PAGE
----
“Young people are abandoning the “save the world” rhetoric we were raised with and seeking out a more practical, complex analysis of social change. We don’t want to “save the world.” We’re too smart to think we can. We want to live in it — flawed, fierce, loving, and humble.”
Why do people even bother hating or put forth the energy to discriminate against others? It doesn’t make sense to me. Make art, go to school, write something, do something for your community. Do something productive with the energy you’re using to hate others.
Any day now, any day now, I shall be released.” —Nina Simone, covering Bob Dylan’s “I Shall Be Released”
We may still be in August, but very soon Autumn will arrive.
That time of the year reminds me of a lot of different things, like new fall clothes and back to school… oh how I miss going back to school. It also reminds me of Halloween and cool, Autumn evenings, the kind where the weather is perfect enough for hot tea outside and big knit sweaters on a porch. I love Autumn. It’s one of my favorite seasons.
But along with this season comes people leaving, going back to school, back to work, etc. And so it is with great sadness that I say goodbye to my dear friend Amrita, who will be going off to Vietnam in a few days to teach.
This beautiful and inspirational woman has had a profound impact on my life. Her sense of hope and faith are infallible, and she sense of beauty is just breath taking. I wish you could all see the work she has done.
I will miss her dearly for these next two years.
I also wish her the best, and I hope you all will help me in doing so as well.
F. Scott Fitgerald
My parents have been spending a lot of time at home lately. With the impending arrival of my uncle and his family to our home, we have been renovating and cleaning up the house, trying to make space. Not an easy task for a family of hoarders. My mother has filled our basement with bags and bags of our old clothes. I’m not exactly sure why, but I think it has something to do with memory. As I’ve mentioned before, my mother works in the fashion industry, and I think clothing signifies something different for her than for the rest of us. She came from nothing to all of this, and what better sign of success than brand name labels? I’m not trying to make her sound vain. She is far from it. Materialistic? Maybe. But for all the right reasons.
A friends of mine told me to stop comparing my ideas of success and progress to my mother’s. My values and her values are different for very good reasons. Her ideas of success, in comparison to mine, are also very different… and for very good reasons as well.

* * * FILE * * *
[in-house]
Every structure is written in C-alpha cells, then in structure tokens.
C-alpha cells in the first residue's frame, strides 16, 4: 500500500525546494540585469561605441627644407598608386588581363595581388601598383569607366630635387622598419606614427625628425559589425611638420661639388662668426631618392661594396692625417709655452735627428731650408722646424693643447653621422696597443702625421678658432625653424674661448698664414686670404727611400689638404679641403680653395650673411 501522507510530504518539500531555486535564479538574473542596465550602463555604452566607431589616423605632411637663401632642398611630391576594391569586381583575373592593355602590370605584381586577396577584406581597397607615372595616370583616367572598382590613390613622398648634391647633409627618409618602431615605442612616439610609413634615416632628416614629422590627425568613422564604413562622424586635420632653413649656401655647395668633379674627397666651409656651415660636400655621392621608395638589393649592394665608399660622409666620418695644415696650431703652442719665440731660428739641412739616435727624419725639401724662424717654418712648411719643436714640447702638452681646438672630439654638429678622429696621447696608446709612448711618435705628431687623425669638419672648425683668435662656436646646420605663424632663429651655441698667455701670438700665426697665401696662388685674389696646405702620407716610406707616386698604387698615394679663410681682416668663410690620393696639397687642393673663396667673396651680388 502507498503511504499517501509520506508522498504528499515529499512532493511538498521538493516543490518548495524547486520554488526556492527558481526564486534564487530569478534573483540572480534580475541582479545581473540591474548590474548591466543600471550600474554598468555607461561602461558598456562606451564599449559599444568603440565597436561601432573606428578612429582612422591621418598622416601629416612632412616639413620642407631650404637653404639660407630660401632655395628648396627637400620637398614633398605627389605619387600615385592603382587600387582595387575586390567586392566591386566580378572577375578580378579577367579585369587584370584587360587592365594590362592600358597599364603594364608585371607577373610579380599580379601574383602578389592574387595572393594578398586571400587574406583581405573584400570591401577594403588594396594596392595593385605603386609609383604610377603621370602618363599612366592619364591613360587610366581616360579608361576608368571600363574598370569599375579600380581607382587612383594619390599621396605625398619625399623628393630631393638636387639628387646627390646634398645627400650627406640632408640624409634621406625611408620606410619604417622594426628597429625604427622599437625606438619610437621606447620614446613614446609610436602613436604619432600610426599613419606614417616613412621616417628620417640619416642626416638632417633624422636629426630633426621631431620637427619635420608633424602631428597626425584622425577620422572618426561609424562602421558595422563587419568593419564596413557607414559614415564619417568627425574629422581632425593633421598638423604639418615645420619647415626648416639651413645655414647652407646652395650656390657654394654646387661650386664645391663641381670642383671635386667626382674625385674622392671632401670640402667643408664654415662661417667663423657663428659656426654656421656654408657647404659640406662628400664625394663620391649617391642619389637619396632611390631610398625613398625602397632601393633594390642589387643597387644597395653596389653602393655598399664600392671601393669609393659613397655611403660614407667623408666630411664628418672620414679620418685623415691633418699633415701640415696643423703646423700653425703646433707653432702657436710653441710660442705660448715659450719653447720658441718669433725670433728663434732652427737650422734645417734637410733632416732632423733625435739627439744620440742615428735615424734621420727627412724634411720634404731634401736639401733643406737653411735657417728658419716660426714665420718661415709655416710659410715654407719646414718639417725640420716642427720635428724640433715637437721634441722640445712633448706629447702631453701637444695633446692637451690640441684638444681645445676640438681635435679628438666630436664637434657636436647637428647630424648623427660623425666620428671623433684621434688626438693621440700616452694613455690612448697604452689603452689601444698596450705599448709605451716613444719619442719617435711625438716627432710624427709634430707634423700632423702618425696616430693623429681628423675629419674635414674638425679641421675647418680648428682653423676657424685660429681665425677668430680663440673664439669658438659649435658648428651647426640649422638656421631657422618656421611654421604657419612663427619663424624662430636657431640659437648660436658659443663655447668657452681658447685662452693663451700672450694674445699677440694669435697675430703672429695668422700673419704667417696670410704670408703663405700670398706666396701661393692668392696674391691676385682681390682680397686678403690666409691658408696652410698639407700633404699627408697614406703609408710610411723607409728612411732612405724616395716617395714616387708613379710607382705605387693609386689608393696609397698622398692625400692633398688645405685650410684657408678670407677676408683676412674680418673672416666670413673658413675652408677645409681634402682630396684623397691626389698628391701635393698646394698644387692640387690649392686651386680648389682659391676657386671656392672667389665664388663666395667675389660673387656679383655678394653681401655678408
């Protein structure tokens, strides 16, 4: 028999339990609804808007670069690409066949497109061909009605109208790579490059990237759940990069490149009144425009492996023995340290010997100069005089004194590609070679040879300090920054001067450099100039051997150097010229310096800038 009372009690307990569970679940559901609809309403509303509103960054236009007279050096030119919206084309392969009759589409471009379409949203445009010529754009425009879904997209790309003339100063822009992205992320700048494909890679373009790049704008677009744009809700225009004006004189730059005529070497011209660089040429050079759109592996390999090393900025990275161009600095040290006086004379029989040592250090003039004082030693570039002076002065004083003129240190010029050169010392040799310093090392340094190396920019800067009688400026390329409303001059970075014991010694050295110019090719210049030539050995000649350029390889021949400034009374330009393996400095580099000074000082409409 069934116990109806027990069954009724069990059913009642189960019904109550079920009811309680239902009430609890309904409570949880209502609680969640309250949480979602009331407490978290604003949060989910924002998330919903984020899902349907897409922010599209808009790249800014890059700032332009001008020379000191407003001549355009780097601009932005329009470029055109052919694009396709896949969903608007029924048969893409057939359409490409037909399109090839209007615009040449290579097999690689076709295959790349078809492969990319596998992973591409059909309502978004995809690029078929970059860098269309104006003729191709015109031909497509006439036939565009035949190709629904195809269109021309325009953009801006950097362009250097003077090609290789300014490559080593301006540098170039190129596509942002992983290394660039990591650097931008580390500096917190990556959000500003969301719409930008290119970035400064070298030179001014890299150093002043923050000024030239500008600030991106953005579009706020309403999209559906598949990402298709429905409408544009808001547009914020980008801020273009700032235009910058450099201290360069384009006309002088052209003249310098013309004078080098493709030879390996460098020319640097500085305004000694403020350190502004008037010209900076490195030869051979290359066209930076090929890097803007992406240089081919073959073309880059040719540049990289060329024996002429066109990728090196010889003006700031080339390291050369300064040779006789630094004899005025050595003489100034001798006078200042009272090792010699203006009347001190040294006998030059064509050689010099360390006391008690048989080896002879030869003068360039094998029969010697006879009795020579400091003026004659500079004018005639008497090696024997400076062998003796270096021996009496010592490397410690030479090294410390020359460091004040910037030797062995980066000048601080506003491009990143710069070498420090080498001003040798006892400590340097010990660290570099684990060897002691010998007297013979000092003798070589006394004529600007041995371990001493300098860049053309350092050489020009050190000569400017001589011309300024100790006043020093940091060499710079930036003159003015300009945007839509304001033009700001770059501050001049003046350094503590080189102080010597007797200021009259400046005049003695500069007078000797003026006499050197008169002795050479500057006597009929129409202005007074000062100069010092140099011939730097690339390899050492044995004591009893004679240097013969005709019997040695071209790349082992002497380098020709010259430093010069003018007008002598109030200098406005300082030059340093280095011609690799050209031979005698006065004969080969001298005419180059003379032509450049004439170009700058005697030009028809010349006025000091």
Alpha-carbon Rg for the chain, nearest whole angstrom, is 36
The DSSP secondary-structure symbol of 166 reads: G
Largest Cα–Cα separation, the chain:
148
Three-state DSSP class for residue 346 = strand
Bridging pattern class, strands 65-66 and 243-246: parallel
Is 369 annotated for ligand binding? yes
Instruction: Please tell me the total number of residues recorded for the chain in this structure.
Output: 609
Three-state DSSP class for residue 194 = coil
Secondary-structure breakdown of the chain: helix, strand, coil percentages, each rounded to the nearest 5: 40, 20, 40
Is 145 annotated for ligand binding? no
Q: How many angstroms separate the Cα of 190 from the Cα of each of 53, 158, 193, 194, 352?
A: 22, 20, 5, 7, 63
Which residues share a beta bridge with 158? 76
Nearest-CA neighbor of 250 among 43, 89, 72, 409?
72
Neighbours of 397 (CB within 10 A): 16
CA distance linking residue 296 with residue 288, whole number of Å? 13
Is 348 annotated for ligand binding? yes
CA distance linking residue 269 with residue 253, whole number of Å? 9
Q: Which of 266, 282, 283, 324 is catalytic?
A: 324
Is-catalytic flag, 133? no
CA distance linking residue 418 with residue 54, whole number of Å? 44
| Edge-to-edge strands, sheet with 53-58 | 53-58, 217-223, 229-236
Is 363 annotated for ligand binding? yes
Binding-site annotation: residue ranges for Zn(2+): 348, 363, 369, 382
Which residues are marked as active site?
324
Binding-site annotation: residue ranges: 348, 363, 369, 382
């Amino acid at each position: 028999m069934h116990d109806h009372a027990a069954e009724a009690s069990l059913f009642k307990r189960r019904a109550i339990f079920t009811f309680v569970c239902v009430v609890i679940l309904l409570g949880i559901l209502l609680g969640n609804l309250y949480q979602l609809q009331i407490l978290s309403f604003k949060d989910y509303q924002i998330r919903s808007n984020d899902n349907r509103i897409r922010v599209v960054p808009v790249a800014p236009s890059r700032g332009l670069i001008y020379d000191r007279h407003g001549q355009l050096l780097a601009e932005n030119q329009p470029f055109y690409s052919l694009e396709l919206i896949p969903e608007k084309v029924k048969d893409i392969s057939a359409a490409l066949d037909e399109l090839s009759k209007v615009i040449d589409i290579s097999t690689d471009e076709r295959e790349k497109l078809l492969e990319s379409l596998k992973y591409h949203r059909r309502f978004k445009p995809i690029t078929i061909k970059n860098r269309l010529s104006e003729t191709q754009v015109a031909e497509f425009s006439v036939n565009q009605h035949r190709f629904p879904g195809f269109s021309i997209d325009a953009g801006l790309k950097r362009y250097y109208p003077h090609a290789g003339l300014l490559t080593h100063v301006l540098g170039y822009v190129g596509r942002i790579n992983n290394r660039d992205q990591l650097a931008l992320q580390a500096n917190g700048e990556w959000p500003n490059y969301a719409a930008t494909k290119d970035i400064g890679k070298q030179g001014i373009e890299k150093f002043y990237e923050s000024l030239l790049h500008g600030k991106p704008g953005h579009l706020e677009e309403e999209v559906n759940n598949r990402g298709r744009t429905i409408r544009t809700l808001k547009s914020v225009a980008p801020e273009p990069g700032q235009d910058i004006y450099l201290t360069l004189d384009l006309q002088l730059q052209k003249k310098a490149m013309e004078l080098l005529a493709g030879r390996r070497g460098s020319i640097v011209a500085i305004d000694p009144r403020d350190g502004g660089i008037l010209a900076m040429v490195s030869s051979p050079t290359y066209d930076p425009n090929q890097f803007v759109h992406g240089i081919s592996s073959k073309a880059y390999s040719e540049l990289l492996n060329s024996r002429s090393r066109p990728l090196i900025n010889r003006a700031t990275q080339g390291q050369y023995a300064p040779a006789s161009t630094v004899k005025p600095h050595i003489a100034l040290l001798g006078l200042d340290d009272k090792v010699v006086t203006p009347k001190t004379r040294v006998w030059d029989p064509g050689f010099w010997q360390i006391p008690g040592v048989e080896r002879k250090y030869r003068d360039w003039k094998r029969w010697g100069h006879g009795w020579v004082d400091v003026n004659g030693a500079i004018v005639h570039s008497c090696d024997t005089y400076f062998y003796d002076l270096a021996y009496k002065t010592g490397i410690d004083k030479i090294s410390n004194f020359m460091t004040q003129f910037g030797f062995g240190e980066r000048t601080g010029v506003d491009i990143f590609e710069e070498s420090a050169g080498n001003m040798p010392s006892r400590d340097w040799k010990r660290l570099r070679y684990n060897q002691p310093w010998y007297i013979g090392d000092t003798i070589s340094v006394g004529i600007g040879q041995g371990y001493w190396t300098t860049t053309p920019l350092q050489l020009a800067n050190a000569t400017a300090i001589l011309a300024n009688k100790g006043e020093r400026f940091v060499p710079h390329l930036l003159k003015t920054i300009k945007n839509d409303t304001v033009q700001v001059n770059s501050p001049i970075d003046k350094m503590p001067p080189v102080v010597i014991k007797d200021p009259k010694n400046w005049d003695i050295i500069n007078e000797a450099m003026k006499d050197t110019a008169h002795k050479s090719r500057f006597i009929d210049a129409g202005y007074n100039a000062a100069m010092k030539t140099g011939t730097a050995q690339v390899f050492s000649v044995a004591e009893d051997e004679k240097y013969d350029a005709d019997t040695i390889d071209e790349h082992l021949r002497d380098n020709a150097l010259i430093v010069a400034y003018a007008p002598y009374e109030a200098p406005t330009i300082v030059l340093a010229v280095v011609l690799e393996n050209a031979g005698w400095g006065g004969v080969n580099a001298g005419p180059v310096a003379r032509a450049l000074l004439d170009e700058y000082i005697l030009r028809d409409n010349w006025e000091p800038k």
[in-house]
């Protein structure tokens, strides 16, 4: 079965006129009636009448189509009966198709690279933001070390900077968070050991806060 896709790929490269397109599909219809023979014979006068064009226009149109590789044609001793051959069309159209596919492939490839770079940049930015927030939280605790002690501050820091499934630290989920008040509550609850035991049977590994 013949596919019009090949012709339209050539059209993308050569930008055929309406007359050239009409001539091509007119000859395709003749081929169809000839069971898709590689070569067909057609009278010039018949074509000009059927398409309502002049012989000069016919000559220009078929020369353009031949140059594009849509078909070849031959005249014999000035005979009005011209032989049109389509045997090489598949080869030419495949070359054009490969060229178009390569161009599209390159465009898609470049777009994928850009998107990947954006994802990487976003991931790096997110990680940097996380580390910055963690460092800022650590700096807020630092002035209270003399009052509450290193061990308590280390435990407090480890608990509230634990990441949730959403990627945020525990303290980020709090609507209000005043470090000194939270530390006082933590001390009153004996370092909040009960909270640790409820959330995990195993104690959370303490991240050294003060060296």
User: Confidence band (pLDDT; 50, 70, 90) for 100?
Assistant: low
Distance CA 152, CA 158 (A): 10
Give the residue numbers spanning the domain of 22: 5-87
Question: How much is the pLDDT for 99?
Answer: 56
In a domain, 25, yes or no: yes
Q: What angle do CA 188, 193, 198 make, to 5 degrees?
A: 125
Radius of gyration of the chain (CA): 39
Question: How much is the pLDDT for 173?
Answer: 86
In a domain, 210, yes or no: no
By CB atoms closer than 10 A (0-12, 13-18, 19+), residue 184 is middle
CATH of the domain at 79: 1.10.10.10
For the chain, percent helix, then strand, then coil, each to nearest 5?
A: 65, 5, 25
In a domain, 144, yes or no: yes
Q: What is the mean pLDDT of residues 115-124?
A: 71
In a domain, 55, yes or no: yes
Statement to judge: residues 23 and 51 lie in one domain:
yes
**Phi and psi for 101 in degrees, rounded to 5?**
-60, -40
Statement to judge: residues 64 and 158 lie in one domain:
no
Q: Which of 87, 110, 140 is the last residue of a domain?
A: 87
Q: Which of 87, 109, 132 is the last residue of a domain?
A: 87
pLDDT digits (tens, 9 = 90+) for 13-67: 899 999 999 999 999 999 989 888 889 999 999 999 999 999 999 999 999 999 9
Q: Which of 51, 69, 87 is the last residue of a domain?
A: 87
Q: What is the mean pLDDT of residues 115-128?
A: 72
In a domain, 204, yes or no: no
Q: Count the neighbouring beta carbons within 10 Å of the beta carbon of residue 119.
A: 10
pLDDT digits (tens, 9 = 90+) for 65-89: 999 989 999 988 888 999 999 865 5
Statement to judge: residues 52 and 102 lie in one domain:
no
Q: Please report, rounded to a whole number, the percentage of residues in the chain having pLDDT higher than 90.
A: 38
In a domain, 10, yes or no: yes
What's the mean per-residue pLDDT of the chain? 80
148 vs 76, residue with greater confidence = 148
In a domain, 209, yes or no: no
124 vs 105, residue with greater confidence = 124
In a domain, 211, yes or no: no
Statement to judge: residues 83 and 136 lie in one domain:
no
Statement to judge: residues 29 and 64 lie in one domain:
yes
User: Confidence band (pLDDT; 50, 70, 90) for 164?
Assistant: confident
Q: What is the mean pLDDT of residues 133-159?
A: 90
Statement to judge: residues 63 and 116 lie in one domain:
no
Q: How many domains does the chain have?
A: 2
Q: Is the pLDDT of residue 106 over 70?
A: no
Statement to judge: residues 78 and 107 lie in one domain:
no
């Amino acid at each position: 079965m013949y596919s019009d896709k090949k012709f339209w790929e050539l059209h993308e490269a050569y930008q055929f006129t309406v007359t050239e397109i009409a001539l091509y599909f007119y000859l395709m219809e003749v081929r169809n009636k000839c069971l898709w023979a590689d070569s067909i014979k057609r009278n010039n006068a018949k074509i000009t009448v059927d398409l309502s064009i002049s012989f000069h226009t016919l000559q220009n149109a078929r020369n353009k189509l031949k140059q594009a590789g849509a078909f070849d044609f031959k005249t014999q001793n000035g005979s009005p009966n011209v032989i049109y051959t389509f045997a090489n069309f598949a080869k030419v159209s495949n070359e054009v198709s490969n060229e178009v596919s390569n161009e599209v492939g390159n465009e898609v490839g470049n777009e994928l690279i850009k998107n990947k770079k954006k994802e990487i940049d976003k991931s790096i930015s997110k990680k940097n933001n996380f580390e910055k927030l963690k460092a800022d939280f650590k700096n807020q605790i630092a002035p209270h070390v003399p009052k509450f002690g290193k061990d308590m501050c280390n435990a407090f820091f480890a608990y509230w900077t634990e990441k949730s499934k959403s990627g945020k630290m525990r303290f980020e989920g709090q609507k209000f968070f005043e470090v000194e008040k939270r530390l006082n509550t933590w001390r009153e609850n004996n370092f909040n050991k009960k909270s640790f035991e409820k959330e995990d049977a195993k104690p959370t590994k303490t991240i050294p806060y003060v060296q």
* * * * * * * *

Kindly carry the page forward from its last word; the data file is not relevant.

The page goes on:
Sometime last week, my mother and I found ourselves sitting together on our back porch. This was our first time sitting out there together, and we’ve had the porch for about a year now. We began talking, and while it was awkward at first, it eventually became a little easier. It is surprising how easy some things can be if you just let it happen.
And while we discussed a whole bunch of things, like her work and my future, that one question came up again: “Do you think you’ll be able to find someone to love you forever?”
And once again I had no answer. So I lied. Because all she wanted to know in that one moment was that someday, I will be loved. She wanted to feel confident that I would be cared for, because all of her gay colleagues, well into their forties by now, are still single, dating, and lonely. Sad thing is, I can’t disagree with her worrying. Her fears are legitimate to her experience, and partly to mine. But if I’m going to leave that conversation as something good, as some sign of progress between my mother and I, I need to take pride in the fact that all my mother wants for me is love. Because despite her nagging, her passive aggressiveness and her manipulative tendencies, we had a good moment out there.
And as scary as my own doubts and fears are about my own romantic future, twenty years from now I would like to remember that on this one particular summer night in 2011, my mother came around, and we sat together on our back porch and had a conversation about love.
It seems strange that my life should end in such a terrible place. But for three years I had roses – and apologised to no-one. I shall die here. Every inch of me shall perish. Every inch. But one.
It is small and it is fragile, and it is the only thing in the world worth having. We must never lose it or give it away. We must never let them take it from us. I hope that - whoever you are - you escape this place. I hope that the world turns, and that things get better.
But what I hope most of all is that you understand what I mean when I tell you that even though I do not know you, and even though I may not meet you, laugh with you, cry with you, or kiss you: I love you.
With all my heart.
I love you.” —Valerie, “V for Vendetta”